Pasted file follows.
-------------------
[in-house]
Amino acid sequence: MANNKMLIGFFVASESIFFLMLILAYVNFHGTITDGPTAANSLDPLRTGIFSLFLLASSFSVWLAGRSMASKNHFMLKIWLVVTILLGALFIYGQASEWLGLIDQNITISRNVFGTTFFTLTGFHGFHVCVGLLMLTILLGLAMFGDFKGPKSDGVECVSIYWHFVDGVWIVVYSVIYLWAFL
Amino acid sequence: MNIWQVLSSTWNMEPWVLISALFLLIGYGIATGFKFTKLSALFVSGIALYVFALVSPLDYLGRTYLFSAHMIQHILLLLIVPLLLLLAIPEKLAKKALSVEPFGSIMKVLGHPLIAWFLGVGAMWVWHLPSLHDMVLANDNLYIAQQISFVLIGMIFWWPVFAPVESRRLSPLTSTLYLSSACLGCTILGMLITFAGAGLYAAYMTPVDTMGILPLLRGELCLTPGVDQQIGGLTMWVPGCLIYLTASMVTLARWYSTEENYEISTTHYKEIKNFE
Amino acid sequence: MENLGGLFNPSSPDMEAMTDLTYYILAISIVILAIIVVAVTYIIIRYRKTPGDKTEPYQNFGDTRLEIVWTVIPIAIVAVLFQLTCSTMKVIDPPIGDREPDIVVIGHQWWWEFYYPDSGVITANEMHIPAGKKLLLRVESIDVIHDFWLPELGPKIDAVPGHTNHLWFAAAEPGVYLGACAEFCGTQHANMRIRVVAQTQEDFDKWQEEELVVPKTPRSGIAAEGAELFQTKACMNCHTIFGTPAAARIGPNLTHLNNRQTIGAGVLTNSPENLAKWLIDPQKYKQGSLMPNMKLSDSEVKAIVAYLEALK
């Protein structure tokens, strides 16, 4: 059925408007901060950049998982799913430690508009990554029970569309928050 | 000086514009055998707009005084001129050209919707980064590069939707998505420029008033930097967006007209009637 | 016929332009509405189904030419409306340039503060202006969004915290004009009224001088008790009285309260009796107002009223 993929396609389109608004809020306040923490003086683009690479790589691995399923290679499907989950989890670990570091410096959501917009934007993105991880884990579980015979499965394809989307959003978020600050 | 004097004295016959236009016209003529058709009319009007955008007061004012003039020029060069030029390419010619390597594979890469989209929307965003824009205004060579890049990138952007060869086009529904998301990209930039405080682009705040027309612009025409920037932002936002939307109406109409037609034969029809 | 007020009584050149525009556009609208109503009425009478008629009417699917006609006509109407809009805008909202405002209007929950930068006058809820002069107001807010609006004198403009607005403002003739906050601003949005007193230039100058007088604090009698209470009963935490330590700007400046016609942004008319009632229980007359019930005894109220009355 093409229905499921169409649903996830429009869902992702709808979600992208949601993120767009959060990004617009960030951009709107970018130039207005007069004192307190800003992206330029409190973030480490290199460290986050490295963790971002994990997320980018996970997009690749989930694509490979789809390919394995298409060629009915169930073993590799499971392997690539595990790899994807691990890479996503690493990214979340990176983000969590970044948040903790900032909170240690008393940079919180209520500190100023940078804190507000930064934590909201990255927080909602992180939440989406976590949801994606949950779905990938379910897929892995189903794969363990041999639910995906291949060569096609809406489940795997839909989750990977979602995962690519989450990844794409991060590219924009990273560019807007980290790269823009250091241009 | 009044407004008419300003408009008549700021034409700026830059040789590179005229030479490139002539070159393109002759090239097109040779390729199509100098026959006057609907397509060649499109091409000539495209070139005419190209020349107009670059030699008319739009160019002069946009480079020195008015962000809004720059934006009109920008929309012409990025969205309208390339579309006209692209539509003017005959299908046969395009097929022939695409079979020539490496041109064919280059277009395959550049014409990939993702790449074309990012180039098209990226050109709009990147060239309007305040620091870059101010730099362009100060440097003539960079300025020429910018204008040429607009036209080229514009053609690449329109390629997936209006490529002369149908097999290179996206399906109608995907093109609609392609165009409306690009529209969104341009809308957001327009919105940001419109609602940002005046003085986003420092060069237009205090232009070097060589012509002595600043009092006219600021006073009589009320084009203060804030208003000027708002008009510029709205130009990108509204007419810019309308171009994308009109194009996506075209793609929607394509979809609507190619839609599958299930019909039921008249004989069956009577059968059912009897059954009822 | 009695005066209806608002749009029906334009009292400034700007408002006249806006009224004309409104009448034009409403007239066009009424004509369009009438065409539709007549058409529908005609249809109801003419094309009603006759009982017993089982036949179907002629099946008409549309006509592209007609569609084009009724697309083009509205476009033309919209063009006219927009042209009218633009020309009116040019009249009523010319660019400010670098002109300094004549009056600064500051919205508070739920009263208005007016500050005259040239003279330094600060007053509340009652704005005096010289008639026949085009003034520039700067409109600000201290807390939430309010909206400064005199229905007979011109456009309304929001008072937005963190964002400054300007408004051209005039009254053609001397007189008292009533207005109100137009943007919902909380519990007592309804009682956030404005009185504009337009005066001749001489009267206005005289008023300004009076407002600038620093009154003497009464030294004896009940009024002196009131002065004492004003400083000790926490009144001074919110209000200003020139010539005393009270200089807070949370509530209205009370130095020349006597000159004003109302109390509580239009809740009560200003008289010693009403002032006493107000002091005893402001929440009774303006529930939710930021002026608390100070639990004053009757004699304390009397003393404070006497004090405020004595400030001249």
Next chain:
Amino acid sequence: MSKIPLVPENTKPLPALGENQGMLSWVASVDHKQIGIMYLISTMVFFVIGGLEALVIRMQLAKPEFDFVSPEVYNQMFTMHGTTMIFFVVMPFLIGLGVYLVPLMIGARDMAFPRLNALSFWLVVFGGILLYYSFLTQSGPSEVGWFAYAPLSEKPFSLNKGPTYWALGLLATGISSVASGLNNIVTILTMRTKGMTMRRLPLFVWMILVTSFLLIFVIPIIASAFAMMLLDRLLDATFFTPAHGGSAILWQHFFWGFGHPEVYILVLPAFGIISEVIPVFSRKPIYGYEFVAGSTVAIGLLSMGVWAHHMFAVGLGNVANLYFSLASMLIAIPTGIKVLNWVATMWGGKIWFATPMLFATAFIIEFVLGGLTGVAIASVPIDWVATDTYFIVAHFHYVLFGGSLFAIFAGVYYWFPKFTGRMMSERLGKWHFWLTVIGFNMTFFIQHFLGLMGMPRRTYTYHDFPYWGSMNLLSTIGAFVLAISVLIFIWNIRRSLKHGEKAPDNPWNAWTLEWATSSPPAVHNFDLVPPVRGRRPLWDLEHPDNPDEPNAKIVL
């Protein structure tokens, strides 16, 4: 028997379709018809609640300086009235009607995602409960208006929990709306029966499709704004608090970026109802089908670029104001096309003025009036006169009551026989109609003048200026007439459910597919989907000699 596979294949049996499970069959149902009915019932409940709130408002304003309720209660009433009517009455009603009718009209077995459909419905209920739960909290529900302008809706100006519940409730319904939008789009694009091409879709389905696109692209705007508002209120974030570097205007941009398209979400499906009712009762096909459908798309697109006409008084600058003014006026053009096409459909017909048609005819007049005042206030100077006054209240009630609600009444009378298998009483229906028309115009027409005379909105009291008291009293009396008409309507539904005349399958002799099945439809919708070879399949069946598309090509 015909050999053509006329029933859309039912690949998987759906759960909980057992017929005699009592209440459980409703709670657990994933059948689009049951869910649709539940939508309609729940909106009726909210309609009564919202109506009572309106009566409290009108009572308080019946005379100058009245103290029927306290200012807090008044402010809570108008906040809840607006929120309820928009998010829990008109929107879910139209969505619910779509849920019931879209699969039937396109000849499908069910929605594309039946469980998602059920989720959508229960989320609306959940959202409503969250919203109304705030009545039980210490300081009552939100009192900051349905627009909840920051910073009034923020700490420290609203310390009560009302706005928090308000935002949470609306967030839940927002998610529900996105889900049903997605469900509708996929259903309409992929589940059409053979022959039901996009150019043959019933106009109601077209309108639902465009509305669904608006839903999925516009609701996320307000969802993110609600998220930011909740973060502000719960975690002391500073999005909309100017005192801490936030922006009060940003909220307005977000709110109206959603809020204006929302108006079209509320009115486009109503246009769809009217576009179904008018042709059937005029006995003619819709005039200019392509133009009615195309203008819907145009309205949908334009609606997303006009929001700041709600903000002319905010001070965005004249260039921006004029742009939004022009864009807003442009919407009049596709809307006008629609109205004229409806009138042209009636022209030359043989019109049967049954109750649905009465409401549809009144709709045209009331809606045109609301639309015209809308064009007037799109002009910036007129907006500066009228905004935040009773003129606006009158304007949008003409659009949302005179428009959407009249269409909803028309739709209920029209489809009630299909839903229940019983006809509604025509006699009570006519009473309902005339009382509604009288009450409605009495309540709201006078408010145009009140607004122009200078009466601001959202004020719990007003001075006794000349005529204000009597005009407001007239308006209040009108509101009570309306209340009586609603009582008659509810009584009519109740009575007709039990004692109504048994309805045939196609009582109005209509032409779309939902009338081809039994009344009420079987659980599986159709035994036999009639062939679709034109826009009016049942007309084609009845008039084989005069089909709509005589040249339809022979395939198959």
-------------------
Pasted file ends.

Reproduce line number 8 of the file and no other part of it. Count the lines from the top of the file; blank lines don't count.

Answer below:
């Protein structure tokens, strides 16, 4: 028997379709018809609640300086009235009607995602409960208006929990709306029966499709704004608090970026109802089908670029104001096309003025009036006169009551026989109609003048200026007439459910597919989907000699 596979294949049996499970069959149902009915019932409940709130408002304003309720209660009433009517009455009603009718009209077995459909419905209920739960909290529900302008809706100006519940409730319904939008789009694009091409879709389905696109692209705007508002209120974030570097205007941009398209979400499906009712009762096909459908798309697109006409008084600058003014006026053009096409459909017909048609005819007049005042206030100077006054209240009630609600009444009378298998009483229906028309115009027409005379909105009291008291009293009396008409309507539904005349399958002799099945439809919708070879399949069946598309090509 015909050999053509006329029933859309039912690949998987759906759960909980057992017929005699009592209440459980409703709670657990994933059948689009049951869910649709539940939508309609729940909106009726909210309609009564919202109506009572309106009566409290009108009572308080019946005379100058009245103290029927306290200012807090008044402010809570108008906040809840607006929120309820928009998010829990008109929107879910139209969505619910779509849920019931879209699969039937396109000849499908069910929605594309039946469980998602059920989720959508229960989320609306959940959202409503969250919203109304705030009545039980210490300081009552939100009192900051349905627009909840920051910073009034923020700490420290609203310390009560009302706005928090308000935002949470609306967030839940927002998610529900996105889900049903997605469900509708996929259903309409992929589940059409053979022959039901996009150019043959019933106009109601077209309108639902465009509305669904608006839903999925516009609701996320307000969802993110609600998220930011909740973060502000719960975690002391500073999005909309100017005192801490936030922006009060940003909220307005977000709110109206959603809020204006929302108006079209509320009115486009109503246009769809009217576009179904008018042709059937005029006995003619819709005039200019392509133009009615195309203008819907145009309205949908334009609606997303006009929001700041709600903000002319905010001070965005004249260039921006004029742009939004022009864009807003442009919407009049596709809307006008629609109205004229409806009138042209009636022209030359043989019109049967049954109750649905009465409401549809009144709709045209009331809606045109609301639309015209809308064009007037799109002009910036007129907006500066009228905004935040009773003129606006009158304007949008003409659009949302005179428009959407009249269409909803028309739709209920029209489809009630299909839903229940019983006809509604025509006699009570006519009473309902005339009382509604009288009450409605009495309540709201006078408010145009009140607004122009200078009466601001959202004020719990007003001075006794000349005529204000009597005009407001007239308006209040009108509101009570309306209340009586609603009582008659509810009584009519109740009575007709039990004692109504048994309805045939196609009582109005209509032409779309939902009338081809039994009344009420079987659980599986159709035994036999009639062939679709034109826009009016049942007309084609009845008039084989005069089909709509005589040249339809022979395939198959």